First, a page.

The Smiths were so direct and poetic. The songs were these sad (and sometimes funny) tales about a person (Morrissey) who seemed to be fumbling his way through life. Perpetually lonely. Constantly heartbroken. I was excited and intrigued that the songs were addressed to men and, very often, a generic “they”. Somehow it made me feel more understood. It felt…expansive. And the music! Though Johnny Marr’s music could be melancholy at times, it was always beautiful and often jubilant and bright. There was a sparkle and shine to it that contrasted perfectly with the sometimes morose operatic sound of Morrissey’s voice. They became the most important band of my life. I felt understood. They gave me permission to find my own version of “cool”: a sensitive and lonely outsider who didn’t have to be ashamed of being different.
The relationship I had to Joy Division was more complicated. I loved the music–the melodic and heavy bass lines and the exciting drumming. The sound was spacious and stark. But the voice, it sounded…like a person choking on their own pain: slightly out-of-tune, dramatic and dark. The words were painful to hear. I would enter into their world and then need to back away from it in order to survive. It was a special place that required a certain headspace. (This is no longer true for me. As I got older I began to hear the music as something more akin to…a very unique form of rock n’ roll.)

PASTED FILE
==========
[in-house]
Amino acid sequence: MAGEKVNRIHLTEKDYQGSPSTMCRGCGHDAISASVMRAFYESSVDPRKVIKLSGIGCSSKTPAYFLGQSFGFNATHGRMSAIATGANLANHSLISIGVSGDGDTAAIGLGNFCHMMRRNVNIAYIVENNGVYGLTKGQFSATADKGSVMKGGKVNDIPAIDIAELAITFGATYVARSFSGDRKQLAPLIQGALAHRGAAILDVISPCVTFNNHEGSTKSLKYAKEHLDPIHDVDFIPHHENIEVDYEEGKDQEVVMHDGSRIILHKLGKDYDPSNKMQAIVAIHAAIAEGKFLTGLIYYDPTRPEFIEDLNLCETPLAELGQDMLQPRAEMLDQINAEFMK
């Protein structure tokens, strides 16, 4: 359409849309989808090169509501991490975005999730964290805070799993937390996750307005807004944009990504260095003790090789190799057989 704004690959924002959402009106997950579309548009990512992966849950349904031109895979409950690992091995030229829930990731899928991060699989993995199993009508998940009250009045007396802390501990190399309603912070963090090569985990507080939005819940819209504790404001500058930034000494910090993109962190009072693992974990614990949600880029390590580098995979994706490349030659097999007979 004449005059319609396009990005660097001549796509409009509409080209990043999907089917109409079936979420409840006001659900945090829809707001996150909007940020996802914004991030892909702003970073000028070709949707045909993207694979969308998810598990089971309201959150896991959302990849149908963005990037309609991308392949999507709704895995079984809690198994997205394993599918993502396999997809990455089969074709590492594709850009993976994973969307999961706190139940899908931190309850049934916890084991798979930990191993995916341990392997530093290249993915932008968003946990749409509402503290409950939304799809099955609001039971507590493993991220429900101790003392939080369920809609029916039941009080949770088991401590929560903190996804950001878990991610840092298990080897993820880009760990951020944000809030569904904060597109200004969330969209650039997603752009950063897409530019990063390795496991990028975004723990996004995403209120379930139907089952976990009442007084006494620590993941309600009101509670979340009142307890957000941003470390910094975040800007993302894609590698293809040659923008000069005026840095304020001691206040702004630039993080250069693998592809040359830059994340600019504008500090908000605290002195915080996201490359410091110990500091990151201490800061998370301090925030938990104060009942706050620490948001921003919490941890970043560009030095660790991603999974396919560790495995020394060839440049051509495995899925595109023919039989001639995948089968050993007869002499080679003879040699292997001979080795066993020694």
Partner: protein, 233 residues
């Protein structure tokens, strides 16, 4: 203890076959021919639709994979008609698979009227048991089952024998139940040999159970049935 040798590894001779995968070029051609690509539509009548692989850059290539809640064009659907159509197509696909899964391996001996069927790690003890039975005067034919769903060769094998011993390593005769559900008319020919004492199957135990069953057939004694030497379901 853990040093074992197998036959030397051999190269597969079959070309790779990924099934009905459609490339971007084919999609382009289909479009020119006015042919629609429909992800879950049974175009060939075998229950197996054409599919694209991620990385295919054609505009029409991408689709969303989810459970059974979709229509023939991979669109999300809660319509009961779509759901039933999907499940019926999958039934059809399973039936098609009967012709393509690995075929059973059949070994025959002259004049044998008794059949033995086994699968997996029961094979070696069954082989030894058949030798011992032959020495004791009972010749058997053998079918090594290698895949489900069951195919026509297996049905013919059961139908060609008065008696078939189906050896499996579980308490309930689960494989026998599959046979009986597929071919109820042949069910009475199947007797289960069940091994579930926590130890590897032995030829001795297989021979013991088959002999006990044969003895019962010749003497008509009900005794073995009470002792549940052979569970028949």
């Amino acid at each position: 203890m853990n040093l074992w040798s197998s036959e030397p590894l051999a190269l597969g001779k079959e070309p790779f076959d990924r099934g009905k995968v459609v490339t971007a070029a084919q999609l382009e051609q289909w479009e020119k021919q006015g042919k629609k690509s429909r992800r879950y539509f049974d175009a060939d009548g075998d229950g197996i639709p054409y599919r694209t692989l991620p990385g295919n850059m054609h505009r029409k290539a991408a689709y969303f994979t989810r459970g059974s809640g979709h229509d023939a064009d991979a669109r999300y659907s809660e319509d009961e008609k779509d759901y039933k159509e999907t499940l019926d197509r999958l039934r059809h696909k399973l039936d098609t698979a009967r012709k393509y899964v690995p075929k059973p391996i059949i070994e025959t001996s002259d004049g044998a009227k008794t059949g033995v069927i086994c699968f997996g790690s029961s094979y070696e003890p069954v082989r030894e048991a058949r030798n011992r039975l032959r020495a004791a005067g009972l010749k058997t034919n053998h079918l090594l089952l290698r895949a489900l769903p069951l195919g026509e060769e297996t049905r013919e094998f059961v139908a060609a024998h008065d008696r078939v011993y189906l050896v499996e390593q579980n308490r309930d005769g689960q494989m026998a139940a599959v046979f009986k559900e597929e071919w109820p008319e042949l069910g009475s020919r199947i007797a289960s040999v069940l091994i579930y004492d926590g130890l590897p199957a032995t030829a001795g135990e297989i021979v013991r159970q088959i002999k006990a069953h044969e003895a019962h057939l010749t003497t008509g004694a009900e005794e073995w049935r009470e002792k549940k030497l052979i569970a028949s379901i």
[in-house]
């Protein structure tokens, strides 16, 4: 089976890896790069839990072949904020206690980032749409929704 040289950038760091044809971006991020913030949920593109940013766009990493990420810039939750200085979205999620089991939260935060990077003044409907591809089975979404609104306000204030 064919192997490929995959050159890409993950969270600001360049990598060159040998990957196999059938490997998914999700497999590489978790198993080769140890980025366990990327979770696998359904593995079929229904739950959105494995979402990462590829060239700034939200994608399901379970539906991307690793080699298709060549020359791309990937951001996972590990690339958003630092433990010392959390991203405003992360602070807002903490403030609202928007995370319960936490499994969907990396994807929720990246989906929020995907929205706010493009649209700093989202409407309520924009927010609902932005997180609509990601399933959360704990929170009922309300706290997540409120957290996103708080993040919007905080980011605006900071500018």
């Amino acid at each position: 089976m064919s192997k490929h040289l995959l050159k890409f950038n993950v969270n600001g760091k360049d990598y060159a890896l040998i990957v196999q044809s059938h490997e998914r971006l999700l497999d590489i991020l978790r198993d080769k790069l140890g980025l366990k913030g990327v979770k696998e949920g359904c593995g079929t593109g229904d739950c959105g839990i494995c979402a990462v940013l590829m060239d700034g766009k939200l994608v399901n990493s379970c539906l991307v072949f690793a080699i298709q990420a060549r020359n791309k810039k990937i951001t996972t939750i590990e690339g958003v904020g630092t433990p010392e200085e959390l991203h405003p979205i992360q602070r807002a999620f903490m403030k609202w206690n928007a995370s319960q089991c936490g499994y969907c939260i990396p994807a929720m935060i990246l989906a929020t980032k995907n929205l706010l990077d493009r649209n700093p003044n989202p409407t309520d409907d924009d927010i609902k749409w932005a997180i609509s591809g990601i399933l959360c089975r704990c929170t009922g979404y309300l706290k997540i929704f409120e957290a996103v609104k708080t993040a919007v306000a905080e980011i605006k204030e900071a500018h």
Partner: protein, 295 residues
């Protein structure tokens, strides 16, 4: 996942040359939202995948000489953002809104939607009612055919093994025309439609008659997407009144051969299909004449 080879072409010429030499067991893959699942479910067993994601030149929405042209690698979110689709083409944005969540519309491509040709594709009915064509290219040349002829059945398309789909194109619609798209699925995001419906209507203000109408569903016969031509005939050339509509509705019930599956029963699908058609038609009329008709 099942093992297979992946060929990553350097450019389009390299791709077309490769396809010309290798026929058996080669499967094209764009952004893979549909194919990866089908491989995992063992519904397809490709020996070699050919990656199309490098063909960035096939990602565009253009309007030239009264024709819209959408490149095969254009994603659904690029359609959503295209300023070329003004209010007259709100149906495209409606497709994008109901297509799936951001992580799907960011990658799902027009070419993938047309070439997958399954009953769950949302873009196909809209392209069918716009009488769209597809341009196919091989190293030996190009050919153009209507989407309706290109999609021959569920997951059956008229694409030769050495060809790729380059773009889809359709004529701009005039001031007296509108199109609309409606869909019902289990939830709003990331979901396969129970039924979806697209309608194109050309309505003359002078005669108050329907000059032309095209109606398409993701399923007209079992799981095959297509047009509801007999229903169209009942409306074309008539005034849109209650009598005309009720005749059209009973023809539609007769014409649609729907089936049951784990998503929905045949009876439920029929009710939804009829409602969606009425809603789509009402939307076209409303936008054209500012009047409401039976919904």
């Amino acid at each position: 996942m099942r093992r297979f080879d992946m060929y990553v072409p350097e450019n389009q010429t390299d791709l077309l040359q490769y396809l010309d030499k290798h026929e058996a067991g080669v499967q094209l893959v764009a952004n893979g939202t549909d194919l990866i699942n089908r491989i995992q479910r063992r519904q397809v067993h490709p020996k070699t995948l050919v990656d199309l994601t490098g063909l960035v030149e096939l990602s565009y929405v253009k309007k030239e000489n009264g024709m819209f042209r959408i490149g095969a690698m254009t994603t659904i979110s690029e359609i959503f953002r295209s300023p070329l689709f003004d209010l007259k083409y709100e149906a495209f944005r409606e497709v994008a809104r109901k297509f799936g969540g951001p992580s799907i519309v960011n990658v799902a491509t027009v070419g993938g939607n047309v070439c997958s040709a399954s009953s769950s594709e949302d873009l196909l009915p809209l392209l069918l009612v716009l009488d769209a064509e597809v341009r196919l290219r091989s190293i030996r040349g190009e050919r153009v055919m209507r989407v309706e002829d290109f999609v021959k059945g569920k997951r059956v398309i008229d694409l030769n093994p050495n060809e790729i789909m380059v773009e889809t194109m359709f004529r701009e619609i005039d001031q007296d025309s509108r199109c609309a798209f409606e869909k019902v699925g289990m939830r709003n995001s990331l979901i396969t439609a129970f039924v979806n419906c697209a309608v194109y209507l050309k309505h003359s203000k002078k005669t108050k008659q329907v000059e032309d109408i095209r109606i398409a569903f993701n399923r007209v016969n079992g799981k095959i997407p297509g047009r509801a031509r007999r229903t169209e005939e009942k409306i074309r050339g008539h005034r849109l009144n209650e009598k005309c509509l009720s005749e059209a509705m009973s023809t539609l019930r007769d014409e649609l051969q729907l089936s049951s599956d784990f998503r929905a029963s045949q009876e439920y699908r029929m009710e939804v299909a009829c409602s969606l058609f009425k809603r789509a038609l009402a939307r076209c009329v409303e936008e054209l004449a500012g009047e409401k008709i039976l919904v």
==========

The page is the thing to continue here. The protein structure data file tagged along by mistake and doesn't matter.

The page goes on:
The trip to the record shop was a search for love, companionship, understanding and transformation. Music was my best friend, lover and mentor. For better and worse it held me in its arms and carried me to places I could not have otherwise visited. It gave me something to love (and be loved by) until I could learn to cultivate love with people. I will forever be grateful to the music and to the sacred record shops that gave me access to it.
[P.S. I told my father this afternoon that I used the lunch money he gave me in high school to buy records. He looked at me, smiled sincerely and shrugged his shoulders. My guess is that the thirty plus years that have passed have softened him up some. Either that or he knows something about the statute of limitations on these sorts of crimes.]